Theologian: Tim Tebow Ad a Matter of Free Speech

Though people complain that the upcoming Focus on the Family Super Bowl ad is divisive and controversial, the commercial is simply allowing a family to tell its personal story, contends a theologian.

Dr. Darrell Bock, research professor of New Testament at Dallas Theological Seminary, said there is a push back on the ability of someone to tell a personal story, or the right to free speech.

"Some people use the word hate speech [to describe the ad] and they haven't even seen it," Bock told The Christian Post Friday. "This is particularly odd in a society where all kinds of free speech that would be uncomfortable for a lot of people [are aired]. But someone tells a personal story and they try to cut that off."

Bock said the ad should be aired and be part of the continuing conversation about the issue of abortion.

Last month, Colorado Springs, Colo.-based Focus on the Family announced it would broadcast its first Super Bowl ad this year on Feb. 7. The 30-second spot from the pro-family organization will feature college football star Tim Tebow and his mother, Pam, who will share a personal story centered on the theme of "Celebrate Family, Celebrate Life."

Though the exact content of the ad has not yet been revealed, many speculate the ad will recount Pam Tebow's refusal to have an abortion while she was pregnant with Tim despite having suffered from a life-threatening infection at the time.

CBS has taken a lot of heat from pro-choice groups who call the ad "anti-choice." They maintain the ad will alienate viewers and "ramp up the vitriolic rhetoric surrounding reproductive rights."

"The content of this ad endangers women's health, uses sports to divide rather than to unite, and promotes an organization that opposes the equality of Americans based on gender, sexual orientation, religious beliefs, and reproductive freedom," expressed petitioners mobilized by the Women's Media Center.

In response to the outcry, CBS clarified last week that its policy regarding advocacy ads has changed over the past few years and that it now considers airing "responsibly produced" ones during its Super Bowl broadcast. A few years ago, a commercial such as the one by Focus on the Family would have been turned down because of its advocacy content.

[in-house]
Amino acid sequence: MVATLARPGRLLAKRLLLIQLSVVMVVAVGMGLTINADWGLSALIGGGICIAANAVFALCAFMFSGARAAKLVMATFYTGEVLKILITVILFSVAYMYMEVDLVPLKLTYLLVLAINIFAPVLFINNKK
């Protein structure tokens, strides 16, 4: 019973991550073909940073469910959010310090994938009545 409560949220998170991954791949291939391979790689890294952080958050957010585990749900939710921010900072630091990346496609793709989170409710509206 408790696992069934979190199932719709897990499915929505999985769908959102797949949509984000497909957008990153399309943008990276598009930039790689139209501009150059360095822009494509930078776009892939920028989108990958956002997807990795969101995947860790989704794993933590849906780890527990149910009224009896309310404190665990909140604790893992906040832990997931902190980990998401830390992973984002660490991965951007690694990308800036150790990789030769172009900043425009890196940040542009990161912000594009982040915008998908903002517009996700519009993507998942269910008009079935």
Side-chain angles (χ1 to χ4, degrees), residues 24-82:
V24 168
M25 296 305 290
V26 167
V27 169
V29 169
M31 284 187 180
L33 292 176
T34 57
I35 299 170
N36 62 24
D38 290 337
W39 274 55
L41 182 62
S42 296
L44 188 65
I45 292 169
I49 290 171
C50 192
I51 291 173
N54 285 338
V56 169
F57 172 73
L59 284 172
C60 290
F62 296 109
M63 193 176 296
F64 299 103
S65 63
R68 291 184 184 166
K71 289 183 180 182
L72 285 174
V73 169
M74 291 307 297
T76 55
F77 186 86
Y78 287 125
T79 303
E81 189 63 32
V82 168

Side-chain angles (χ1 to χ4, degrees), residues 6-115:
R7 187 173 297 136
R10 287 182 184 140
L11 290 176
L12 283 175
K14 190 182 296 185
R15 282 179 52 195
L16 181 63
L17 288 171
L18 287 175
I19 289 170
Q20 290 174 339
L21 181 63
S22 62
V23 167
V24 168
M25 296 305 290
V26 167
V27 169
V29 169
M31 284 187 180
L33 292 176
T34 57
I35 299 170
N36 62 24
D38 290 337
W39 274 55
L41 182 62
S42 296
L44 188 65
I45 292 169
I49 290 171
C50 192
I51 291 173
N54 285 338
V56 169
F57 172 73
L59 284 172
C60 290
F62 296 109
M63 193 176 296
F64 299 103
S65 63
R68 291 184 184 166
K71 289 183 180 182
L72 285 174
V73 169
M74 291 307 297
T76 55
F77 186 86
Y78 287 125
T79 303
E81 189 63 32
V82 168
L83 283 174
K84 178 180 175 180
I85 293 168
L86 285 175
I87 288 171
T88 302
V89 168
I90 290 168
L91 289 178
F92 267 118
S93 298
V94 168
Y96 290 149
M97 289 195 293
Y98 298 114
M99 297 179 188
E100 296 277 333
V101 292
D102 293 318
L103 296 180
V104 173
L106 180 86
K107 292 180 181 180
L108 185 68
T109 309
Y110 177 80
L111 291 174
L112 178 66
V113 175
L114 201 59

Throughout the controversy, pro-life groups have been strongly supportive of the ad. Many pro-life groups collected signatures and urged CBS to air the ad despite pressure to do otherwise. Among the groups is the Susan B. Anthony List, one of the largest pro-life women groups in the nation. The group has received so far 50,000 comments in support for the Tebow family.

"NOW (National Organization for Women) and company are on the wrong side of American public opinion," said Susan B. Anthony List President Marjorie Dannenfelser in a statement. "In only four days, over fifty thousand Americans have sent messages of support to the Tebow family on The outcry of national support for Tim Tebow's pro-life leadership illustrates the strength of the growing American pro-life majority."

By comparison, the abortion-rights group EMILY's List has collected only 16,000 signatures.

"NOW's campaign against CBS, the Tebow family and Focus on the Family is going nowhere fast," Dannenfelser continued. "Arguments that abortion is somehow as liberating and self-sacrificing as Pam Tebow's decision to choose life in the face of great personal pain just don't stand the straight face test. Such callous attitudes grate on the conscience and defy experience."

This year's Super Bowl, which pits the Indianapolis Colts against the New Orleans Saints, will kick off at 6 p.m. ET on Sunday, Feb. 7.

Super Bowl broadcasts are typically viewed by over 90 million people each year.

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